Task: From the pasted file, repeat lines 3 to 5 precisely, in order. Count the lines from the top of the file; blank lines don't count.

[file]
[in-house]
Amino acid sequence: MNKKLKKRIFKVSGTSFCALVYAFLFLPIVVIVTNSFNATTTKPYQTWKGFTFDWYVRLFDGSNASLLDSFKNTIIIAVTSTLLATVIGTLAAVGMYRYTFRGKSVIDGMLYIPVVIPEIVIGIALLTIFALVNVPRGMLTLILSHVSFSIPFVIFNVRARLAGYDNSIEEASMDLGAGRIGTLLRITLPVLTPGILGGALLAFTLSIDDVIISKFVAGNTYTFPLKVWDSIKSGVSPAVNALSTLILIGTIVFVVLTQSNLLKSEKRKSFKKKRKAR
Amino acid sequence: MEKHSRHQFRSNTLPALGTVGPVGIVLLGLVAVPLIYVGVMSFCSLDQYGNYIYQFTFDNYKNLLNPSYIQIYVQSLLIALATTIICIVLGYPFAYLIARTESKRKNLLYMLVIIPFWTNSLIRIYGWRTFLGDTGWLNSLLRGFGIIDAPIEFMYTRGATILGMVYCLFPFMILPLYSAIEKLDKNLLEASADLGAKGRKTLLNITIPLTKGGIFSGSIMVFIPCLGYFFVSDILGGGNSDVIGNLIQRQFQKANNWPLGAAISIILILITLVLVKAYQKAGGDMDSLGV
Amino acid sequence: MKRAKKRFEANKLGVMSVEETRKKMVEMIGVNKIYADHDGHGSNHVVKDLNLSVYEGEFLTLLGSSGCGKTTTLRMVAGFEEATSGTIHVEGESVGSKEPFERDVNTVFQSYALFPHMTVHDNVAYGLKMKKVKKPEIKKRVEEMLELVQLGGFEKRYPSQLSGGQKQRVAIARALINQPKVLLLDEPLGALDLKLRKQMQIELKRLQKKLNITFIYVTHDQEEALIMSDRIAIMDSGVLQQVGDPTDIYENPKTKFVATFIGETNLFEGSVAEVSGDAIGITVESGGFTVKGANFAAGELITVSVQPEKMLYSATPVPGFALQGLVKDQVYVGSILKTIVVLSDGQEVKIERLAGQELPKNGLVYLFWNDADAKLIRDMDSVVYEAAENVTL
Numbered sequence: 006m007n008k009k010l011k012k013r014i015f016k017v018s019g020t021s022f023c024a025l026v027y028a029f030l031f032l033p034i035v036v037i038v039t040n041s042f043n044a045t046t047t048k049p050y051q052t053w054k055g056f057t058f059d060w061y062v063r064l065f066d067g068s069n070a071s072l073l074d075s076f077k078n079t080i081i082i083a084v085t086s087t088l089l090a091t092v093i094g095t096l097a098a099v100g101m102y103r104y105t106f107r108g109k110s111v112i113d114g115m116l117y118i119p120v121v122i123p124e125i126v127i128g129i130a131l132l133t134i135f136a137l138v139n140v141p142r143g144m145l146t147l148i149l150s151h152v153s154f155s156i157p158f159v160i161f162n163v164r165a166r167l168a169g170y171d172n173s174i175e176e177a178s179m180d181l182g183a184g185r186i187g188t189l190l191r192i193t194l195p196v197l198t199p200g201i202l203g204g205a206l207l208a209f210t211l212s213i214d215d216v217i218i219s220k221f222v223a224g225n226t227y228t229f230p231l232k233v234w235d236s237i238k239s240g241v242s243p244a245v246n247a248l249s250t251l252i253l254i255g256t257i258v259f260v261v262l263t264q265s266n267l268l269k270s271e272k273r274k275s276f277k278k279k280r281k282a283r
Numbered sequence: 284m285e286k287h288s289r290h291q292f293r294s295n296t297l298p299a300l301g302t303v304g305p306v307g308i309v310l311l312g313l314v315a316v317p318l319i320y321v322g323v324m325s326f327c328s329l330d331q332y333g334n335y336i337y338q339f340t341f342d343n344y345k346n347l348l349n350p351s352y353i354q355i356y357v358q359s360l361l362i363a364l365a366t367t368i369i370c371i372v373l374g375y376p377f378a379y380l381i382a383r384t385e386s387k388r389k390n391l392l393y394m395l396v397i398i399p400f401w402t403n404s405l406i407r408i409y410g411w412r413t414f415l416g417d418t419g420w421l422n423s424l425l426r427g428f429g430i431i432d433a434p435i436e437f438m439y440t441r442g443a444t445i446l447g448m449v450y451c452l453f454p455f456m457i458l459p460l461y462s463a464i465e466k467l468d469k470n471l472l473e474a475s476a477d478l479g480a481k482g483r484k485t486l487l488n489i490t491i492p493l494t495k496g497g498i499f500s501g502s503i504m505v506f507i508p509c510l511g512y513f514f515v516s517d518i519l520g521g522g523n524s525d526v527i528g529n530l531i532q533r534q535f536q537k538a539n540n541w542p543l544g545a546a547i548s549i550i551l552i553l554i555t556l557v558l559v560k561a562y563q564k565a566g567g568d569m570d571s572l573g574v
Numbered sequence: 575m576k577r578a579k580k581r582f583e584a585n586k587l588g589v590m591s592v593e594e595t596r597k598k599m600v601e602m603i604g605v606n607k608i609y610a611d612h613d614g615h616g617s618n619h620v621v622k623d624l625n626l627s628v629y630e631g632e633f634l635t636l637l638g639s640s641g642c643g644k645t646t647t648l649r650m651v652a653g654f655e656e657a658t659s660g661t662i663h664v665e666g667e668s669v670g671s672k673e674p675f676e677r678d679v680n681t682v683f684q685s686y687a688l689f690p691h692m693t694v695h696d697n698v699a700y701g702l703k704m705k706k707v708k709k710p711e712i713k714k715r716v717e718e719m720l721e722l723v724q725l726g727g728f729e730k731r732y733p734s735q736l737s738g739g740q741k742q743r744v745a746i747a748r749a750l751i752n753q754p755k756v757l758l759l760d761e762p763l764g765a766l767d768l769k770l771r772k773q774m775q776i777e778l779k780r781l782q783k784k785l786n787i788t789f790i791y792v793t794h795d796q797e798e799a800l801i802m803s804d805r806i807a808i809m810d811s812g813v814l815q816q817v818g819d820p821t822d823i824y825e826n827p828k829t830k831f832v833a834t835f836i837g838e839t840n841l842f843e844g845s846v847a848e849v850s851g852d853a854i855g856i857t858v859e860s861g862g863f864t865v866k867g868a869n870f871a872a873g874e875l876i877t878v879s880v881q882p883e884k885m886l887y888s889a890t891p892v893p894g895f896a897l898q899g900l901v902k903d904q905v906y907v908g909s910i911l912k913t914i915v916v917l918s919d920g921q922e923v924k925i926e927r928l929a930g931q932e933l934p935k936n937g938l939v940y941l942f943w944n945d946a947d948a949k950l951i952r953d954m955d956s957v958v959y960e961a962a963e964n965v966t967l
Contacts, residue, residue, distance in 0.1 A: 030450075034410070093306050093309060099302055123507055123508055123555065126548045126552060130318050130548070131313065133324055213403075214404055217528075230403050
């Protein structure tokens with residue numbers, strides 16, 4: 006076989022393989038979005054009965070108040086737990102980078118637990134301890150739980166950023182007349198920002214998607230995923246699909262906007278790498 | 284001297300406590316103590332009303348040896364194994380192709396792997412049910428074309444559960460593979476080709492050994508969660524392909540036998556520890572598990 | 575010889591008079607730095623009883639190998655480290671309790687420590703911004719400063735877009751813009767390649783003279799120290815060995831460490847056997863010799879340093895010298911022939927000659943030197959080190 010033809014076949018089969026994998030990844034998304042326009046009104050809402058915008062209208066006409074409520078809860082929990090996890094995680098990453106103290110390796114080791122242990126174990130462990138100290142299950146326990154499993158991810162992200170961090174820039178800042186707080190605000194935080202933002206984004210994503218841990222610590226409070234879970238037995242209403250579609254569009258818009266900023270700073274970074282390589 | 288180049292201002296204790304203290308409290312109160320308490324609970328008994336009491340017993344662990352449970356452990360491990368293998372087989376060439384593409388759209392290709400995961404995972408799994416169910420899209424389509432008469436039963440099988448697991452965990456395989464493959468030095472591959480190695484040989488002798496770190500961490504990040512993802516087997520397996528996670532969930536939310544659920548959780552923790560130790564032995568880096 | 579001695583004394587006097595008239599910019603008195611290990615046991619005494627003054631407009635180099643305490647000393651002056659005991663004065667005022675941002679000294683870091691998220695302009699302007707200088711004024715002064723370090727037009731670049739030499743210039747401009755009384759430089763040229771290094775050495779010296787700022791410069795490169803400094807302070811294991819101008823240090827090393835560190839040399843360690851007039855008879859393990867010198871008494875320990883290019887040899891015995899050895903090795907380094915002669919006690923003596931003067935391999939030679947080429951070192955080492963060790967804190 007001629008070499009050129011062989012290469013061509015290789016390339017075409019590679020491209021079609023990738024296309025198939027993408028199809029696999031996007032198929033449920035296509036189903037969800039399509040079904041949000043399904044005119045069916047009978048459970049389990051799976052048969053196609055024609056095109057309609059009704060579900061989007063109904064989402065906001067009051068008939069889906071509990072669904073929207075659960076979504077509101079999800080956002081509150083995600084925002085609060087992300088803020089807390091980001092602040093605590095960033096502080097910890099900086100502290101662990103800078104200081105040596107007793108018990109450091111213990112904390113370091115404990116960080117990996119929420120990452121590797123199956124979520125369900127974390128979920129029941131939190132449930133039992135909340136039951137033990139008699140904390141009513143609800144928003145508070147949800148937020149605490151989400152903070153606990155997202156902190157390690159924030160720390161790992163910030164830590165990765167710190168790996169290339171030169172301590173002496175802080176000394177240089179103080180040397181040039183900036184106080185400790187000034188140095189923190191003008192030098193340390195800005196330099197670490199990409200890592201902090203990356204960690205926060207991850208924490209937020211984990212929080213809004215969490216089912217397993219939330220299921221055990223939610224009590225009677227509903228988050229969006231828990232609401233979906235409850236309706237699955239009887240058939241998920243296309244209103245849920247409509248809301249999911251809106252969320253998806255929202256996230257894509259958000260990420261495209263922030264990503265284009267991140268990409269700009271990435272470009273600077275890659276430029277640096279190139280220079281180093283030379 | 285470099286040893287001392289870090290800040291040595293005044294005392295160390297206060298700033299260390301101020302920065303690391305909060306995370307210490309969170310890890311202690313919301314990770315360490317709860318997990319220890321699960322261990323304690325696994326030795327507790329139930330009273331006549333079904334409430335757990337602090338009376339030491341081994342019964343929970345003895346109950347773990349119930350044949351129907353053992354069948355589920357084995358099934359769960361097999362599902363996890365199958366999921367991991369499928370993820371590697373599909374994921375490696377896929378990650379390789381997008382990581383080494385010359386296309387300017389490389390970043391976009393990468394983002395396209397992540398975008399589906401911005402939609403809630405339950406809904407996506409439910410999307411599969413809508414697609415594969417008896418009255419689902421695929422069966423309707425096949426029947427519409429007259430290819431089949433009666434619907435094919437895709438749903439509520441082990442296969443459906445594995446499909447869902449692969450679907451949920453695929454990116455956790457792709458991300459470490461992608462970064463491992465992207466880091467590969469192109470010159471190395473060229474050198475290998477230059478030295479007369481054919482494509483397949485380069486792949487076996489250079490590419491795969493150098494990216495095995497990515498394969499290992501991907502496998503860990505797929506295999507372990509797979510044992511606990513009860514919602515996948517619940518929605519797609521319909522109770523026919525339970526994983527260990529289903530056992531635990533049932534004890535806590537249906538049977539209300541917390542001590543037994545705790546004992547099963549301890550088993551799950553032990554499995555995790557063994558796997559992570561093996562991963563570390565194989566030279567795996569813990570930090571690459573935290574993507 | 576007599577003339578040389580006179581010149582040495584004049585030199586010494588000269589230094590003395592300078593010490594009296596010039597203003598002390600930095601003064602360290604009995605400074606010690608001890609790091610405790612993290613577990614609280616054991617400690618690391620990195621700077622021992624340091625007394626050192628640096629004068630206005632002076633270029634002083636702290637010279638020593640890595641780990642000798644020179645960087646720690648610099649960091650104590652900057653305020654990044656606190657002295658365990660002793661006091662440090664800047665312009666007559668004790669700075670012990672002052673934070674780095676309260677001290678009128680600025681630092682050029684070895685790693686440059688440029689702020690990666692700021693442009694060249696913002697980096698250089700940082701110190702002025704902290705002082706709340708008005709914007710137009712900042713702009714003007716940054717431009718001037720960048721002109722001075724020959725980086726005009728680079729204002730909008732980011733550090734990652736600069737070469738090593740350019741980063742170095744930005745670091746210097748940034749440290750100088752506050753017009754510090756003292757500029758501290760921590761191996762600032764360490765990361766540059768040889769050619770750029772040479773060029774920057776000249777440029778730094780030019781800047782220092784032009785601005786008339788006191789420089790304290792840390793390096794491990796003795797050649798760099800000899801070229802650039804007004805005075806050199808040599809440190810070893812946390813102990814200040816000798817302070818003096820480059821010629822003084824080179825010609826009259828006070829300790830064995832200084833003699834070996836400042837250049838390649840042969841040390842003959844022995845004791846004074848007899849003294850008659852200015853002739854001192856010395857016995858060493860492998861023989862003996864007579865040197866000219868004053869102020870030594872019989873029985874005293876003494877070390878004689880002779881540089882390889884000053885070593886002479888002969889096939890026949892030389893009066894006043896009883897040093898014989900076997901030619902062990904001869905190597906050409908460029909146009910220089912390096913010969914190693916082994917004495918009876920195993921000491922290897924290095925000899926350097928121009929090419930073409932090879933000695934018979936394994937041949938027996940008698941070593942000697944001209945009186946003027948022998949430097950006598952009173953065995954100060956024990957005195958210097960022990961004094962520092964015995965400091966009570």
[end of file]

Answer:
Amino acid sequence: MEKHSRHQFRSNTLPALGTVGPVGIVLLGLVAVPLIYVGVMSFCSLDQYGNYIYQFTFDNYKNLLNPSYIQIYVQSLLIALATTIICIVLGYPFAYLIARTESKRKNLLYMLVIIPFWTNSLIRIYGWRTFLGDTGWLNSLLRGFGIIDAPIEFMYTRGATILGMVYCLFPFMILPLYSAIEKLDKNLLEASADLGAKGRKTLLNITIPLTKGGIFSGSIMVFIPCLGYFFVSDILGGGNSDVIGNLIQRQFQKANNWPLGAAISIILILITLVLVKAYQKAGGDMDSLGV
Amino acid sequence: MKRAKKRFEANKLGVMSVEETRKKMVEMIGVNKIYADHDGHGSNHVVKDLNLSVYEGEFLTLLGSSGCGKTTTLRMVAGFEEATSGTIHVEGESVGSKEPFERDVNTVFQSYALFPHMTVHDNVAYGLKMKKVKKPEIKKRVEEMLELVQLGGFEKRYPSQLSGGQKQRVAIARALINQPKVLLLDEPLGALDLKLRKQMQIELKRLQKKLNITFIYVTHDQEEALIMSDRIAIMDSGVLQQVGDPTDIYENPKTKFVATFIGETNLFEGSVAEVSGDAIGITVESGGFTVKGANFAAGELITVSVQPEKMLYSATPVPGFALQGLVKDQVYVGSILKTIVVLSDGQEVKIERLAGQELPKNGLVYLFWNDADAKLIRDMDSVVYEAAENVTL
Numbered sequence: 006m007n008k009k010l011k012k013r014i015f016k017v018s019g020t021s022f023c024a025l026v027y028a029f030l031f032l033p034i035v036v037i038v039t040n041s042f043n044a045t046t047t048k049p050y051q052t053w054k055g056f057t058f059d060w061y062v063r064l065f066d067g068s069n070a071s072l073l074d075s076f077k078n079t080i081i082i083a084v085t086s087t088l089l090a091t092v093i094g095t096l097a098a099v100g101m102y103r104y105t106f107r108g109k110s111v112i113d114g115m116l117y118i119p120v121v122i123p124e125i126v127i128g129i130a131l132l133t134i135f136a137l138v139n140v141p142r143g144m145l146t147l148i149l150s151h152v153s154f155s156i157p158f159v160i161f162n163v164r165a166r167l168a169g170y171d172n173s174i175e176e177a178s179m180d181l182g183a184g185r186i187g188t189l190l191r192i193t194l195p196v197l198t199p200g201i202l203g204g205a206l207l208a209f210t211l212s213i214d215d216v217i218i219s220k221f222v223a224g225n226t227y228t229f230p231l232k233v234w235d236s237i238k239s240g241v242s243p244a245v246n247a248l249s250t251l252i253l254i255g256t257i258v259f260v261v262l263t264q265s266n267l268l269k270s271e272k273r274k275s276f277k278k279k280r281k282a283r